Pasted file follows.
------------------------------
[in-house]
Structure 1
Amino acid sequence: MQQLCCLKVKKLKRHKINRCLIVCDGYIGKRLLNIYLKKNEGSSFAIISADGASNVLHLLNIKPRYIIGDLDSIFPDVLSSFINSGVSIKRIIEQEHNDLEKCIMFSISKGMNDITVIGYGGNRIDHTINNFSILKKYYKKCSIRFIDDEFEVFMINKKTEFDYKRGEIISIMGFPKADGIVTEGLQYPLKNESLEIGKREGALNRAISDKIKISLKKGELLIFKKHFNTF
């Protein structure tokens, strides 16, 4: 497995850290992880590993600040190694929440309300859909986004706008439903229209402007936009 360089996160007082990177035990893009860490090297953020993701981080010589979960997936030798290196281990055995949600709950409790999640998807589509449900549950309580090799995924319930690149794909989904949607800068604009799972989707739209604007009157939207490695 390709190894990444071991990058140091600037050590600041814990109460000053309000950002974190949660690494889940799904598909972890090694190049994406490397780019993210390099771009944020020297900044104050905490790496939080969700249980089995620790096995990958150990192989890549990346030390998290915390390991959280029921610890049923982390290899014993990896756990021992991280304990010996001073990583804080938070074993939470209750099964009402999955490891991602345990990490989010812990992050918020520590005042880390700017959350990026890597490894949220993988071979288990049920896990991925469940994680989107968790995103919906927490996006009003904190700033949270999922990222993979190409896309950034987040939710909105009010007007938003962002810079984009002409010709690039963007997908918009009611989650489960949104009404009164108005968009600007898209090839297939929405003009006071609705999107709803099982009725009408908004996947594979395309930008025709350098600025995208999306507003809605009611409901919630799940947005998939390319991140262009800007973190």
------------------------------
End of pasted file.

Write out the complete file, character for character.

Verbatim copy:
[in-house]
Structure 1
Amino acid sequence: MQQLCCLKVKKLKRHKINRCLIVCDGYIGKRLLNIYLKKNEGSSFAIISADGASNVLHLLNIKPRYIIGDLDSIFPDVLSSFINSGVSIKRIIEQEHNDLEKCIMFSISKGMNDITVIGYGGNRIDHTINNFSILKKYYKKCSIRFIDDEFEVFMINKKTEFDYKRGEIISIMGFPKADGIVTEGLQYPLKNESLEIGKREGALNRAISDKIKISLKKGELLIFKKHFNTF
């Protein structure tokens, strides 16, 4: 497995850290992880590993600040190694929440309300859909986004706008439903229209402007936009 360089996160007082990177035990893009860490090297953020993701981080010589979960997936030798290196281990055995949600709950409790999640998807589509449900549950309580090799995924319930690149794909989904949607800068604009799972989707739209604007009157939207490695 390709190894990444071991990058140091600037050590600041814990109460000053309000950002974190949660690494889940799904598909972890090694190049994406490397780019993210390099771009944020020297900044104050905490790496939080969700249980089995620790096995990958150990192989890549990346030390998290915390390991959280029921610890049923982390290899014993990896756990021992991280304990010996001073990583804080938070074993939470209750099964009402999955490891991602345990990490989010812990992050918020520590005042880390700017959350990026890597490894949220993988071979288990049920896990991925469940994680989107968790995103919906927490996006009003904190700033949270999922990222993979190409896309950034987040939710909105009010007007938003962002810079984009002409010709690039963007997908918009009611989650489960949104009404009164108005968009600007898209090839297939929405003009006071609705999107709803099982009725009408908004996947594979395309930008025709350098600025995208999306507003809605009611409901919630799940947005998939390319991140262009800007973190």